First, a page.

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Exactly one billion years ago today, a group of settlers had an early dinner with the Wampanoag Native American tribe before playing an unsettling game of touch football in their back yard. They then went to the local merchant to stand in line for many hours in hopes of purchasing an item for slightly less than what it will cost the following day, thus completely justifying the enormous emotional distress of doing so. Today we honor this tradition by having a dinner with friends and family to celebrate the unification of mankind before going to the mall and doing the exact opposite of that. But hey, it could be weirder. For example, the following:

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Culture Warrior

Last week, we explored the concept of shoving products into movies, but there’s an equal and opposite marketing method where movies are shoved into product commercials – especially if the character is an iconic one. There’s a distinction to be made here about the difference between celebrities endorsing colognes and fictional characters doing it, although the line can definitely be blurred. Movie star endorsements are as old as the medium, whether it’s Buster Keaton slugging out the chalk for Simon Pure Beer, Charles Bronson going overboard with his self-sprinkling of Mandom, Arnold Schwarzenegger scream-laughing for a Japanese energy drink, or Abraham Lincoln selling us churros. And that doesn’t include all the normal, run-of-the-mill advertising where an actress loves a brand of make-up or a wrestler loves beef jerky. A human being selling out is one thing, but there’s something especially heinous about a character being used to market a product because it’s an element of art forced into a square hole of commercialism. Oftentimes its done without the creator’s consent (or consent is contractually taken away from the starting block). In most cases, the original actor doesn’t even have to be involved (for better or worse), especially if there’s a costume involved. In its rawest form, it’s the uglification of something we love. This list is light-years away from being complete, but it hopefully shows a well-rounded view of different types of movie characters in commercials throughout a few different time periods.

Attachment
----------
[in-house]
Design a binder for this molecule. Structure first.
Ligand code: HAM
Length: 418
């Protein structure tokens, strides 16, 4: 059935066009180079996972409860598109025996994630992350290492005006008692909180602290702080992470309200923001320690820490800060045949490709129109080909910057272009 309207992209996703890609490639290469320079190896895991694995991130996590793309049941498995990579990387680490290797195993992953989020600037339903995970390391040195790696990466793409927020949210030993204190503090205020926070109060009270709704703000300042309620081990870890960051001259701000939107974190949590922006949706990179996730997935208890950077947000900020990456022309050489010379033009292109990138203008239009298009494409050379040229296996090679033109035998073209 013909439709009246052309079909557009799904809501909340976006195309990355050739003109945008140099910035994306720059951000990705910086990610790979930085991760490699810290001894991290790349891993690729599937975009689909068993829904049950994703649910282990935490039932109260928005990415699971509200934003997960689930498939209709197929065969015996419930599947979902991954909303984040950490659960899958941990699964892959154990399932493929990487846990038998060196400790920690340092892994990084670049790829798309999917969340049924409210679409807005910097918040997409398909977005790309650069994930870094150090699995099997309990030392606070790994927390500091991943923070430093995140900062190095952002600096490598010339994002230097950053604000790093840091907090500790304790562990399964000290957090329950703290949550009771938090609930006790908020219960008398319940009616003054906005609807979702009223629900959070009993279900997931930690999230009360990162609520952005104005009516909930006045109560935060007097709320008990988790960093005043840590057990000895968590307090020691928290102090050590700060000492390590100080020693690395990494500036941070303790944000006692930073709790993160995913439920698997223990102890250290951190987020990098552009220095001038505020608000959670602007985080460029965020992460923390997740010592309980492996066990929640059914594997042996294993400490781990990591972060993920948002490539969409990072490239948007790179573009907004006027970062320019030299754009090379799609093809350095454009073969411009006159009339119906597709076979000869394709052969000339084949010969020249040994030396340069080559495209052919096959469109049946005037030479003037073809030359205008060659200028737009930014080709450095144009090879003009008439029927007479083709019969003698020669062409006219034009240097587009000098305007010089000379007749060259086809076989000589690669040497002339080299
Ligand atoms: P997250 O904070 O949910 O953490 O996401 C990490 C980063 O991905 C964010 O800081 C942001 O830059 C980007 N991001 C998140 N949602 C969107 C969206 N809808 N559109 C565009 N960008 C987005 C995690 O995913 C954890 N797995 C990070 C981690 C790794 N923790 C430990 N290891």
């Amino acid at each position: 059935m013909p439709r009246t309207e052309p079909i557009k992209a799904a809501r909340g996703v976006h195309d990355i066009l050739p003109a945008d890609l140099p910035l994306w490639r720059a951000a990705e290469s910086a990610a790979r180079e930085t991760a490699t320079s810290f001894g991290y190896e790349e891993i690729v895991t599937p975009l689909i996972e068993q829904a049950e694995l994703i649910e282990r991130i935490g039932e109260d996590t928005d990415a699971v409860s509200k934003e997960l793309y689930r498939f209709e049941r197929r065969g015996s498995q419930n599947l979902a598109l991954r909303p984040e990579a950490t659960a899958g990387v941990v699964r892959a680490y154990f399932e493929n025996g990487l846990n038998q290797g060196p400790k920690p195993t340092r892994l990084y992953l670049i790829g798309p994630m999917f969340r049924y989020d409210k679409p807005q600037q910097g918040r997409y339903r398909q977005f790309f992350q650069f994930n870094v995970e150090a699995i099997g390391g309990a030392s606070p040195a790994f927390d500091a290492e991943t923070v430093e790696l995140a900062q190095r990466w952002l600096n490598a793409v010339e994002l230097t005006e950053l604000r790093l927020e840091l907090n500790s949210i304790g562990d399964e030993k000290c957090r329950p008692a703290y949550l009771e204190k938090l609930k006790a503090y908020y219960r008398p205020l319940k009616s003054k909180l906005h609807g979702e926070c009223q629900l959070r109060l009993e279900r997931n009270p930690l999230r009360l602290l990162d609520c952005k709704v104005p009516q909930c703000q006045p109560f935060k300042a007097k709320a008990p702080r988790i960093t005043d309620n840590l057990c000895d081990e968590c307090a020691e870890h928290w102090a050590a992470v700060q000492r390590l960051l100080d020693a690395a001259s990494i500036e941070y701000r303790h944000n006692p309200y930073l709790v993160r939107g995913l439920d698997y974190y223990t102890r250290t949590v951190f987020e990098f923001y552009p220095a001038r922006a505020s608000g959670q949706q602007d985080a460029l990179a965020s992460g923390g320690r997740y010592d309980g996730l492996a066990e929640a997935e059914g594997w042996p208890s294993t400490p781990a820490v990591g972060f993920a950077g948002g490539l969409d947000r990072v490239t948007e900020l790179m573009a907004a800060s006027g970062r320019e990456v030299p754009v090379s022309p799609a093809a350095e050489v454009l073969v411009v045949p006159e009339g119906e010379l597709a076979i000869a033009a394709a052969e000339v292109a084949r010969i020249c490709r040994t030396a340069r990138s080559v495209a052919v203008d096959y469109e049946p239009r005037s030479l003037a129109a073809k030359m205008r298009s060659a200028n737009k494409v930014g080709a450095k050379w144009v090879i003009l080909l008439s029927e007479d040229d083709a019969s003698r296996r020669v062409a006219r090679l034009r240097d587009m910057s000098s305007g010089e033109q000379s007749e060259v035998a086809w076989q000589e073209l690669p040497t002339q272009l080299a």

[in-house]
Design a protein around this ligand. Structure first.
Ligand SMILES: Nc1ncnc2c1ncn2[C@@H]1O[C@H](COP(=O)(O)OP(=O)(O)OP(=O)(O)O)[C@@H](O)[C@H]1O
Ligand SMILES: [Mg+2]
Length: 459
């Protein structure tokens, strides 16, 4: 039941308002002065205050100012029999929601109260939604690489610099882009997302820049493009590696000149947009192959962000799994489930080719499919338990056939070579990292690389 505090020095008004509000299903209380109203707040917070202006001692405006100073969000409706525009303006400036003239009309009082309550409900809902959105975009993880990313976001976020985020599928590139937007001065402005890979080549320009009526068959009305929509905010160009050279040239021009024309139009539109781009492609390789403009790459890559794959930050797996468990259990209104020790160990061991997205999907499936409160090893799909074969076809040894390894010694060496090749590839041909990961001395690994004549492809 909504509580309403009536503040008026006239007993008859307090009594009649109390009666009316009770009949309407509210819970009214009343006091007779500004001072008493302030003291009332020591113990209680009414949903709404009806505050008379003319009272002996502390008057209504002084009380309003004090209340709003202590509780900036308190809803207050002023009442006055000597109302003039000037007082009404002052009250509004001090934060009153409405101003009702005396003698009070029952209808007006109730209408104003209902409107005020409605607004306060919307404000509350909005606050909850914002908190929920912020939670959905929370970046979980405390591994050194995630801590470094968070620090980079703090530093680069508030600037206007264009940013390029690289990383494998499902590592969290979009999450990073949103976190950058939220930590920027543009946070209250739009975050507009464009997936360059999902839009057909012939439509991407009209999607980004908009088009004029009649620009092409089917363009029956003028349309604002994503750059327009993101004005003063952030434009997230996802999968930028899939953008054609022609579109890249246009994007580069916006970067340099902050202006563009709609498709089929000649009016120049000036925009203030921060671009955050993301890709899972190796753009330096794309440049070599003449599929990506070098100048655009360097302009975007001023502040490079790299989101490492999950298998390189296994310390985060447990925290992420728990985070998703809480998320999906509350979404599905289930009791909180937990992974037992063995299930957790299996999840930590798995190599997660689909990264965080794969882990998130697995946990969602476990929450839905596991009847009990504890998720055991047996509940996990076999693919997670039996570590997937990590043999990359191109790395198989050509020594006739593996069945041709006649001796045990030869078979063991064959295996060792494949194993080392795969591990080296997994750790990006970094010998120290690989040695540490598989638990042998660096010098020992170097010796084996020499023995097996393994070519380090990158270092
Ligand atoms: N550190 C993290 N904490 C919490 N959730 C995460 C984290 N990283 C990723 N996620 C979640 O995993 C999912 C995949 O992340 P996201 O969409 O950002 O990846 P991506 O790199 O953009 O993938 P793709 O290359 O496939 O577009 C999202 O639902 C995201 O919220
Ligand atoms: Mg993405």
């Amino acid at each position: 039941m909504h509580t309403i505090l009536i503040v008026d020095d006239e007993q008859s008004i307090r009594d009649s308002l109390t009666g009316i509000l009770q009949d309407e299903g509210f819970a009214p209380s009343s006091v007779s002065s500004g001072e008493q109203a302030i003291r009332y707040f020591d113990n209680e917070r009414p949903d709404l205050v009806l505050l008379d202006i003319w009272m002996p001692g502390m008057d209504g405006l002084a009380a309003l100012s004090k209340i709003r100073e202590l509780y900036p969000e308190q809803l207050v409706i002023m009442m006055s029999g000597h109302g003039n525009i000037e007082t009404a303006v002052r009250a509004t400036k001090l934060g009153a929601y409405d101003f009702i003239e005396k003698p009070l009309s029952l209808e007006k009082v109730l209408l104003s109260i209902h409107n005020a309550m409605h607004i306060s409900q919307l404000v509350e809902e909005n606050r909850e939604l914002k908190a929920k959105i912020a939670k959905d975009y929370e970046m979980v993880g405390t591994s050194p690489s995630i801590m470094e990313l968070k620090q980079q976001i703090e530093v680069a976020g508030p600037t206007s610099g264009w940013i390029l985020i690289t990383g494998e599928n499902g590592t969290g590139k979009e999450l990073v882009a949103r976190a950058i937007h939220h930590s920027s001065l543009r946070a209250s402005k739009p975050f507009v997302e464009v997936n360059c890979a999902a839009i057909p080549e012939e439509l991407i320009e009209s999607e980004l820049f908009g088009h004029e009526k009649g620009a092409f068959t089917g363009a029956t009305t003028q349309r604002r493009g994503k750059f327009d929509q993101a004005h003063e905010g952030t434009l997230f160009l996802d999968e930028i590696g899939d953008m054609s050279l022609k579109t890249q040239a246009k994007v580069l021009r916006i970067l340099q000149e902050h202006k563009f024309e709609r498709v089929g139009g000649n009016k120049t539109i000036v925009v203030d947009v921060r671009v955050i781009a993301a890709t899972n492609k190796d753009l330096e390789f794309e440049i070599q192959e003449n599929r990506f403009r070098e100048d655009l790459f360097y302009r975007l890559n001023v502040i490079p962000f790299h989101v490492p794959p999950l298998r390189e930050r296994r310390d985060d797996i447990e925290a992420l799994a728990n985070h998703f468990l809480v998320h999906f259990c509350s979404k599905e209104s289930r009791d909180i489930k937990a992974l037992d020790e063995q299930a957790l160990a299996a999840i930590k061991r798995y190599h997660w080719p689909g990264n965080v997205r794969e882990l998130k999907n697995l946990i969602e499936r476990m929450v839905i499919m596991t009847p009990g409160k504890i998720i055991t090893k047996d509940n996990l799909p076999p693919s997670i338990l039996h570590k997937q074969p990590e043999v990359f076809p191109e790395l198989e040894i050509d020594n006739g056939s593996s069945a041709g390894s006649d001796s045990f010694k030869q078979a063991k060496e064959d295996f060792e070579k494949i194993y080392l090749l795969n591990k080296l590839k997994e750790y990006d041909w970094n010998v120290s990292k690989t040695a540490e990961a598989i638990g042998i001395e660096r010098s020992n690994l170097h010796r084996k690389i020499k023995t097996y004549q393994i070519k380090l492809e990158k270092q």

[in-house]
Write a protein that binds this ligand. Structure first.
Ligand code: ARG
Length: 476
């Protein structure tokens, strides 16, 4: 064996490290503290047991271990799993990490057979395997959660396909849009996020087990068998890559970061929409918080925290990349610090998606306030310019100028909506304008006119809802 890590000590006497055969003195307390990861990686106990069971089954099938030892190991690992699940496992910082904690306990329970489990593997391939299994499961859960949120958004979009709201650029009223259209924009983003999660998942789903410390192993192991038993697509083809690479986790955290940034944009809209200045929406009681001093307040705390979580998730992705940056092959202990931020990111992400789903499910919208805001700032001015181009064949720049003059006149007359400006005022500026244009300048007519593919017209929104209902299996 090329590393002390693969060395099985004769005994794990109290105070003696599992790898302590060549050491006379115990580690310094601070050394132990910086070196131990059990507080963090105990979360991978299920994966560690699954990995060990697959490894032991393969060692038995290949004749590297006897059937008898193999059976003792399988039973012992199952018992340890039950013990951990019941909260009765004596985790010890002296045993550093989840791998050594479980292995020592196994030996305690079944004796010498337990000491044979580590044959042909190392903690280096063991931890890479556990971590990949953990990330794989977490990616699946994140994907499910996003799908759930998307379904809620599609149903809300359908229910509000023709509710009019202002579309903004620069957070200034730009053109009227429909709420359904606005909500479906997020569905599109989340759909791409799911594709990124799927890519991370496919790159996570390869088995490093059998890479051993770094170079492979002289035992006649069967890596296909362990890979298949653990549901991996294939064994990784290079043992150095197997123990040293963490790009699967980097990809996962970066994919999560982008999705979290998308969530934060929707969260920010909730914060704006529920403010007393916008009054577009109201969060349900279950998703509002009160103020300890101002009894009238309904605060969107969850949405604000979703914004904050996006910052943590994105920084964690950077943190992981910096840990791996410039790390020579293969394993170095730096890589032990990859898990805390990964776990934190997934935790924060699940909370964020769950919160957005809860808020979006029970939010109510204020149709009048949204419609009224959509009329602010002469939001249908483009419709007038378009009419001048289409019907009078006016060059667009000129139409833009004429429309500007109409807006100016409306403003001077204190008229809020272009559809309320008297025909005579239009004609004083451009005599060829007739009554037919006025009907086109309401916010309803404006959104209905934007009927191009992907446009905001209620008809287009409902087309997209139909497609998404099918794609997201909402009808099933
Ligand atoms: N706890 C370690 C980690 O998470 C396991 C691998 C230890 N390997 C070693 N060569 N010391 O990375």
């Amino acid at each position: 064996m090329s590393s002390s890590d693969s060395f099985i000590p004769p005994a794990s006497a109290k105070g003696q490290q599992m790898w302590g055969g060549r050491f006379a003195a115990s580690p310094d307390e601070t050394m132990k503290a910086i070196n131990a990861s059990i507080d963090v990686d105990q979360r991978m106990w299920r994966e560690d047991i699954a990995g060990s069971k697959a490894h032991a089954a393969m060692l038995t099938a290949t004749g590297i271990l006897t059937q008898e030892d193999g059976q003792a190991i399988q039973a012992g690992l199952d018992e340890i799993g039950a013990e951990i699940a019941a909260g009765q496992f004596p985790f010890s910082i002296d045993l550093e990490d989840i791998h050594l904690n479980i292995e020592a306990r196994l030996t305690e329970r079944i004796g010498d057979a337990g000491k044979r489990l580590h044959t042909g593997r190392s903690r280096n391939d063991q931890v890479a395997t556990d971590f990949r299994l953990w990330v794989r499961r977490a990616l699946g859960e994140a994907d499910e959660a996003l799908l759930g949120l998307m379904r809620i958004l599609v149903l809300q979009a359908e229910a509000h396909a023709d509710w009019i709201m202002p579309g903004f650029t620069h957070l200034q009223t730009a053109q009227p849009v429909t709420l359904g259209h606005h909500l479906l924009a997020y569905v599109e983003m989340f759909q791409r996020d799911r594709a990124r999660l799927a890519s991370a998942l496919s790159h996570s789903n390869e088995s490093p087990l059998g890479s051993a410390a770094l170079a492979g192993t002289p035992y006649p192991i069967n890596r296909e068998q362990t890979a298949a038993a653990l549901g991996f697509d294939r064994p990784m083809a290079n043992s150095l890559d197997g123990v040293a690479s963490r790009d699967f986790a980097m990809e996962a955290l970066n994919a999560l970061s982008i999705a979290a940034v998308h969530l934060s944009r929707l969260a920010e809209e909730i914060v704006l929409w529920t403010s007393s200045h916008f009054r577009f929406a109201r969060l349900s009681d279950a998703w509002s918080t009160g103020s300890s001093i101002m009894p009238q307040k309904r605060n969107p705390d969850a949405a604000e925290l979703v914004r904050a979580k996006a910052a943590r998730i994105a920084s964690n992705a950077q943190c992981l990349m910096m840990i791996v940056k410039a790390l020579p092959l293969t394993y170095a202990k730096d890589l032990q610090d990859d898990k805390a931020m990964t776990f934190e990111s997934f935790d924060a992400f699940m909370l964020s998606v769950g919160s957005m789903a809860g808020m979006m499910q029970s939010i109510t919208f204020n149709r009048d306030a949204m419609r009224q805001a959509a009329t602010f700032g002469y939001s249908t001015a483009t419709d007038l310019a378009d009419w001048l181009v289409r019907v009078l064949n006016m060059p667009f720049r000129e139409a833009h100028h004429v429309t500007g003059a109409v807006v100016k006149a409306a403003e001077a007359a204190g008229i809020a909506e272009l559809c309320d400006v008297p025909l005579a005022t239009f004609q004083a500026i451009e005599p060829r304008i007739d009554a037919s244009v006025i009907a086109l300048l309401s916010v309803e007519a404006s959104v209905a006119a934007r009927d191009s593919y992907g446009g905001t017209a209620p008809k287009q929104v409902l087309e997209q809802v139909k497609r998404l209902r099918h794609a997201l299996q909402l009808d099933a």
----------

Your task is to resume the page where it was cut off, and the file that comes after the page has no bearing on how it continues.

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published: 12.18.2014
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published: 12.17.2014
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published: 12.15.2014
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published: 12.12.2014